In 1948, experienced, unemployed farm workers from Puerto Rico, like Benito Bonilla and Antonio Vazquez, began to settle in Lancaster County. When they arrived, there were no accommodations for their wives and children. Many of the men lived in barns or the bunkhouses of their employers, returning to Puerto Rico and their families after a season of planting and harvest. With unemployment continuing to be a problem in Puerto Rico, the men began to look for other jobs such as manufacturing, hotels and restaurants, and poultry processing plants that offered year-round employment and the opportunity to bring their families to Lancaster. By 1959, a least 1,200 Puerto Ricans were permanent residents in Lancaster County. A 1964 report by the Lancaster City Redevelopment Authority found that most of the city’s Puerto Rican residents were living in rental units in the 7th ward of Lancaster City because many landlords were unwilling to rent to them outside of this quadrant. By 1968, the City’s Spanish-speaking population almost equaled the number of Lancaster’s African American population. Beginning in the 1970’s, Mexicans, Ecuadorians, Columbians, and Cubans arrived. In the late 1970’s, Dominicans arrived in Lancaster looking for economic opportunities. While Latinos are an ethnically and racially diverse population, individual origins are widely misinterpreted and misunderstood.

1960s to today
In the 1960’s, Lancaster City was identified as one of the most segregated cities in the nation in terms of housing. Today, the lines of segregation have moved and are now drawn between the county and the city. And yet, the county also has a legacy of being a ‘safe haven.’ Following the Vietnam War, Hmong and Vietnamese refugees arrived, and more recently, refugees from Iraq, Sudan, Bhutan and Burma. We anticipate the next wave of refugees from the Democratic Republic of Congo. In addition, we are home to a large, but closeted, LGBTQ community. And our community is difficult to navigate for individuals with mental or physical challenges. It is also a community with deep roots in Mennonite, Amish and other Christian traditions. Lancaster County is largely viewed by residents and outsiders alike as a closed society made up predominately of Pennsylvania Dutch who have lived here for generations. How does this perception affect our community? What residue do we have from this history? And how does this shape our community today?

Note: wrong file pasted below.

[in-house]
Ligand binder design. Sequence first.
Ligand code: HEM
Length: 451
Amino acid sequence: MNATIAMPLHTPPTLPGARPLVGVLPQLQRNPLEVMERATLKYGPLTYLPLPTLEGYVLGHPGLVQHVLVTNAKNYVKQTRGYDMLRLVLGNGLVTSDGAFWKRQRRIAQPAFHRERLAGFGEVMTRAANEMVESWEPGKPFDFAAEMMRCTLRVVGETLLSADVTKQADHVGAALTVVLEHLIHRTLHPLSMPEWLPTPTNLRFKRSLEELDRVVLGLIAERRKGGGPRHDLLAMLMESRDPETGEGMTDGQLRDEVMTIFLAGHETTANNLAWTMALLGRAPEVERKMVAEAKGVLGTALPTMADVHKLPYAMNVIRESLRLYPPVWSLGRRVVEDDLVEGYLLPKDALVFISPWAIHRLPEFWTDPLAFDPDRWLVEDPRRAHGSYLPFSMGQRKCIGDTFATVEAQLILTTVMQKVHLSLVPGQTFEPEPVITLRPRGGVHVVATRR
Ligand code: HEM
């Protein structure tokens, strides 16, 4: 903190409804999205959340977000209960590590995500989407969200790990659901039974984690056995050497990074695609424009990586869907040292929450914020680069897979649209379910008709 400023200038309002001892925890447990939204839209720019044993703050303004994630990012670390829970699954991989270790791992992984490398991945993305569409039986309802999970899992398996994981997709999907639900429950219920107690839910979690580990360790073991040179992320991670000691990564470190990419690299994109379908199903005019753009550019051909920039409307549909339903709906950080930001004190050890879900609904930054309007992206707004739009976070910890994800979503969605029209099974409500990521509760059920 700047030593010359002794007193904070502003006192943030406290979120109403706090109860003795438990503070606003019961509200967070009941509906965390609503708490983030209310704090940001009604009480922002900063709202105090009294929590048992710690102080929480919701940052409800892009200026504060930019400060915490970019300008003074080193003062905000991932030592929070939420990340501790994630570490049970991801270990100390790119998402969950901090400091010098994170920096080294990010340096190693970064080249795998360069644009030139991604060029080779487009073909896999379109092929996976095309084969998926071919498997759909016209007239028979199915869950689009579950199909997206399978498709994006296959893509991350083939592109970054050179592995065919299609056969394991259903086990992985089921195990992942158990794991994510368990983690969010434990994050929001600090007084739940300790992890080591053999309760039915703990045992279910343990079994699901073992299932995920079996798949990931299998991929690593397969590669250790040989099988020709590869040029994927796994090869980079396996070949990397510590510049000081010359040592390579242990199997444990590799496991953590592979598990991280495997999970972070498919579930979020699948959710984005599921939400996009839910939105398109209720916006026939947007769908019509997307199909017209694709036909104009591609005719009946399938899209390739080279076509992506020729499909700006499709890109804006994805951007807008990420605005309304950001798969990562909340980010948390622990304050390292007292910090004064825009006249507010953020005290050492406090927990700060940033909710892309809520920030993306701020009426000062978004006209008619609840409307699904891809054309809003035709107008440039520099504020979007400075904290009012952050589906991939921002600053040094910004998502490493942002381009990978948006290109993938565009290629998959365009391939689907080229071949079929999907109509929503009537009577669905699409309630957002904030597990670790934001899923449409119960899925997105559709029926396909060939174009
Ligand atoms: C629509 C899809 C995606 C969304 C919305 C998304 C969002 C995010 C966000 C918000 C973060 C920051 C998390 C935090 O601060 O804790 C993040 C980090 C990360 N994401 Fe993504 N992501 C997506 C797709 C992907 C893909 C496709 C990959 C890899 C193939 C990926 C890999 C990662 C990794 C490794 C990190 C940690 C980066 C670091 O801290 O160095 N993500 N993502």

Moving forward
We arrived at this topic, Our Identities Unedited, through seeing and experiencing the existing disconnects in our community between our history, our realities, our perceptions of ourselves, and how others see our community. Many times when residents travel to another community and say they are from Lancaster County, people automatically assume they are Mennonite or Amish. Lancaster employers often have difficulty recruiting and retaining a diverse workforce. As the identities of our community continue to transition, our leaders, systems, and organizations must transition as well.